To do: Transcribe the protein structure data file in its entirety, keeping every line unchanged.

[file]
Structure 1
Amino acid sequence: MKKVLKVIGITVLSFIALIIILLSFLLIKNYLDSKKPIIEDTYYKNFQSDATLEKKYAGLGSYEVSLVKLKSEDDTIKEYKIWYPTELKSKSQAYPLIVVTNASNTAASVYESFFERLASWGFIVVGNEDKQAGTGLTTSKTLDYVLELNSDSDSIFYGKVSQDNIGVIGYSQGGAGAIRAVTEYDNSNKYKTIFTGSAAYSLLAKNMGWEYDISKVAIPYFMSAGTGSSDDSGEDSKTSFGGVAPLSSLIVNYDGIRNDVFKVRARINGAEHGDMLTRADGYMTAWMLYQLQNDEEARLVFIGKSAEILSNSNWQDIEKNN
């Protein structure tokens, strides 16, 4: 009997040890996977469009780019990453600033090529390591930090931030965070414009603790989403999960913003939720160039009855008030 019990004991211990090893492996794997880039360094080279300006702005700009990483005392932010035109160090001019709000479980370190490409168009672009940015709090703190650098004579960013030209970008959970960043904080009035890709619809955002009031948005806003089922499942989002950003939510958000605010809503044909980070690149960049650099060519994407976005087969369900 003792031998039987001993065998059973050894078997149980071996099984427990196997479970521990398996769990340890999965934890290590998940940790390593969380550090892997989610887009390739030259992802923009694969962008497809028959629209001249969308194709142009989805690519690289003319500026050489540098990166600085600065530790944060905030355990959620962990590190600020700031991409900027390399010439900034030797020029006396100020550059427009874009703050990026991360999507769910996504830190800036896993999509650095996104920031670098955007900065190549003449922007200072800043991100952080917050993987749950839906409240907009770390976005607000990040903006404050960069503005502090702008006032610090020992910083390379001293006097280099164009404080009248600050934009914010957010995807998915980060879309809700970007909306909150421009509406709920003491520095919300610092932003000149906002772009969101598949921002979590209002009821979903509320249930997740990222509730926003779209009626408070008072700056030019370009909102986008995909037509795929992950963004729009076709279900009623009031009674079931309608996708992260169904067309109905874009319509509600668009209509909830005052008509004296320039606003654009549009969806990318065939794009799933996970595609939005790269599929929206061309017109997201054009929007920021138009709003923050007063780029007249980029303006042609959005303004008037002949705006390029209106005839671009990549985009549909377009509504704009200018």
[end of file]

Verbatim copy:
Structure 1
Amino acid sequence: MKKVLKVIGITVLSFIALIIILLSFLLIKNYLDSKKPIIEDTYYKNFQSDATLEKKYAGLGSYEVSLVKLKSEDDTIKEYKIWYPTELKSKSQAYPLIVVTNASNTAASVYESFFERLASWGFIVVGNEDKQAGTGLTTSKTLDYVLELNSDSDSIFYGKVSQDNIGVIGYSQGGAGAIRAVTEYDNSNKYKTIFTGSAAYSLLAKNMGWEYDISKVAIPYFMSAGTGSSDDSGEDSKTSFGGVAPLSSLIVNYDGIRNDVFKVRARINGAEHGDMLTRADGYMTAWMLYQLQNDEEARLVFIGKSAEILSNSNWQDIEKNN
């Protein structure tokens, strides 16, 4: 009997040890996977469009780019990453600033090529390591930090931030965070414009603790989403999960913003939720160039009855008030 019990004991211990090893492996794997880039360094080279300006702005700009990483005392932010035109160090001019709000479980370190490409168009672009940015709090703190650098004579960013030209970008959970960043904080009035890709619809955002009031948005806003089922499942989002950003939510958000605010809503044909980070690149960049650099060519994407976005087969369900 003792031998039987001993065998059973050894078997149980071996099984427990196997479970521990398996769990340890999965934890290590998940940790390593969380550090892997989610887009390739030259992802923009694969962008497809028959629209001249969308194709142009989805690519690289003319500026050489540098990166600085600065530790944060905030355990959620962990590190600020700031991409900027390399010439900034030797020029006396100020550059427009874009703050990026991360999507769910996504830190800036896993999509650095996104920031670098955007900065190549003449922007200072800043991100952080917050993987749950839906409240907009770390976005607000990040903006404050960069503005502090702008006032610090020992910083390379001293006097280099164009404080009248600050934009914010957010995807998915980060879309809700970007909306909150421009509406709920003491520095919300610092932003000149906002772009969101598949921002979590209002009821979903509320249930997740990222509730926003779209009626408070008072700056030019370009909102986008995909037509795929992950963004729009076709279900009623009031009674079931309608996708992260169904067309109905874009319509509600668009209509909830005052008509004296320039606003654009549009969806990318065939794009799933996970595609939005790269599929929206061309017109997201054009929007920021138009709003923050007063780029007249980029303006042609959005303004008037002949705006390029209106005839671009990549985009549909377009509504704009200018």